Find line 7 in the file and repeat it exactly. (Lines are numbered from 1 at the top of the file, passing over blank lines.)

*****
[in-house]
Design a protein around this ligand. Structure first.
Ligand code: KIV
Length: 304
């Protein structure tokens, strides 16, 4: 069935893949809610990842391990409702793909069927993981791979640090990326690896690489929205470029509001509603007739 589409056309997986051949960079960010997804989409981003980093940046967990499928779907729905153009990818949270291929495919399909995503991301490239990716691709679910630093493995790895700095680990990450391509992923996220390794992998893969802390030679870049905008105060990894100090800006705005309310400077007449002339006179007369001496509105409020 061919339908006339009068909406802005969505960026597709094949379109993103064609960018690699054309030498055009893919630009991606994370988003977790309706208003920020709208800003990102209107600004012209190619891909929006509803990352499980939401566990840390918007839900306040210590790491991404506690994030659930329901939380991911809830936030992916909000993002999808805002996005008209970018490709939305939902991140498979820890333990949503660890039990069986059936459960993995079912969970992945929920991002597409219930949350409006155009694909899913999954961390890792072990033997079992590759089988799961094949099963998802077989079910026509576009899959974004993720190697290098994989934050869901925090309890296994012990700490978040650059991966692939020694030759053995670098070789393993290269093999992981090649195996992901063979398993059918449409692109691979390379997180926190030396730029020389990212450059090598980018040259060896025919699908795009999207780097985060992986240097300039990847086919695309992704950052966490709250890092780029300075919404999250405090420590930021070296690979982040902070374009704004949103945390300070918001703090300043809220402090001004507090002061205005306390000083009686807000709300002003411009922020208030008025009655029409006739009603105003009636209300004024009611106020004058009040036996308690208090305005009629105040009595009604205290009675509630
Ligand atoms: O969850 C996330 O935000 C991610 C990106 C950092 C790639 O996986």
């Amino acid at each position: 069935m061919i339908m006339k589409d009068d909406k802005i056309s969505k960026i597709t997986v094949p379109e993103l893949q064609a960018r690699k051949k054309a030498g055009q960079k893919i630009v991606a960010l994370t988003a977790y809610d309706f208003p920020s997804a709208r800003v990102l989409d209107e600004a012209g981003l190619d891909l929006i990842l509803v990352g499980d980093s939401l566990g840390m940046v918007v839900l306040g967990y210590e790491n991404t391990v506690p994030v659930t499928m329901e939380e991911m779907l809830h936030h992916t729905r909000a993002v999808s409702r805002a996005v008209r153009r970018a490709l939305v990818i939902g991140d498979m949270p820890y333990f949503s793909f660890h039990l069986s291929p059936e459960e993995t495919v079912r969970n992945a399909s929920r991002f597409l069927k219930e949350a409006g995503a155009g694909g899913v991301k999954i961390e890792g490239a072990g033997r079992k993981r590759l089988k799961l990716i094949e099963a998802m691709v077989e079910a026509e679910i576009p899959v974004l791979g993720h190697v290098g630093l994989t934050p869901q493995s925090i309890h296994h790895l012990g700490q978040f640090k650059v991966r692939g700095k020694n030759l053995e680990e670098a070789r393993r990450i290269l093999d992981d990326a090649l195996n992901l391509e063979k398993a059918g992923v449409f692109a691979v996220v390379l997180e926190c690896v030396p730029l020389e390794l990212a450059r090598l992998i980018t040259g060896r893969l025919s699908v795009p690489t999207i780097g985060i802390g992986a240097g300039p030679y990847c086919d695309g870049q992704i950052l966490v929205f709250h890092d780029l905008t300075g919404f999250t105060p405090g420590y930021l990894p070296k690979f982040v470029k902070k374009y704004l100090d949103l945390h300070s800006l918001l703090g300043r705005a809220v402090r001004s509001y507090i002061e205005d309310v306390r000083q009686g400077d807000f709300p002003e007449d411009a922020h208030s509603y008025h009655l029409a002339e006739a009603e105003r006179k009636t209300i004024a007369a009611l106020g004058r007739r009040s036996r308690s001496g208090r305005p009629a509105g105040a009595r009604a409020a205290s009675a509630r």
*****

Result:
């Amino acid at each position: 069935m061919i339908m006339k589409d009068d909406k802005i056309s969505k960026i597709t997986v094949p379109e993103l893949q064609a960018r690699k051949k054309a030498g055009q960079k893919i630009v991606a960010l994370t988003a977790y809610d309706f208003p920020s997804a709208r800003v990102l989409d209107e600004a012209g981003l190619d891909l929006i990842l509803v990352g499980d980093s939401l566990g840390m940046v918007v839900l306040g967990y210590e790491n991404t391990v506690p994030v659930t499928m329901e939380e991911m779907l809830h936030h992916t729905r909000a993002v999808s409702r805002a996005v008209r153009r970018a490709l939305v990818i939902g991140d498979m949270p820890y333990f949503s793909f660890h039990l069986s291929p059936e459960e993995t495919v079912r969970n992945a399909s929920r991002f597409l069927k219930e949350a409006g995503a155009g694909g899913v991301k999954i961390e890792g490239a072990g033997r079992k993981r590759l089988k799961l990716i094949e099963a998802m691709v077989e079910a026509e679910i576009p899959v974004l791979g993720h190697v290098g630093l994989t934050p869901q493995s925090i309890h296994h790895l012990g700490q978040f640090k650059v991966r692939g700095k020694n030759l053995e680990e670098a070789r393993r990450i290269l093999d992981d990326a090649l195996n992901l391509e063979k398993a059918g992923v449409f692109a691979v996220v390379l997180e926190c690896v030396p730029l020389e390794l990212a450059r090598l992998i980018t040259g060896r893969l025919s699908v795009p690489t999207i780097g985060i802390g992986a240097g300039p030679y990847c086919d695309g870049q992704i950052l966490v929205f709250h890092d780029l905008t300075g919404f999250t105060p405090g420590y930021l990894p070296k690979f982040v470029k902070k374009y704004l100090d949103l945390h300070s800006l918001l703090g300043r705005a809220v402090r001004s509001y507090i002061e205005d309310v306390r000083q009686g400077d807000f709300p002003e007449d411009a922020h208030s509603y008025h009655l029409a002339e006739a009603e105003r006179k009636t209300i004024a007369a009611l106020g004058r007739r009040s036996r308690s001496g208090r305005p009629a509105g105040a009595r009604a409020a205290s009675a509630r």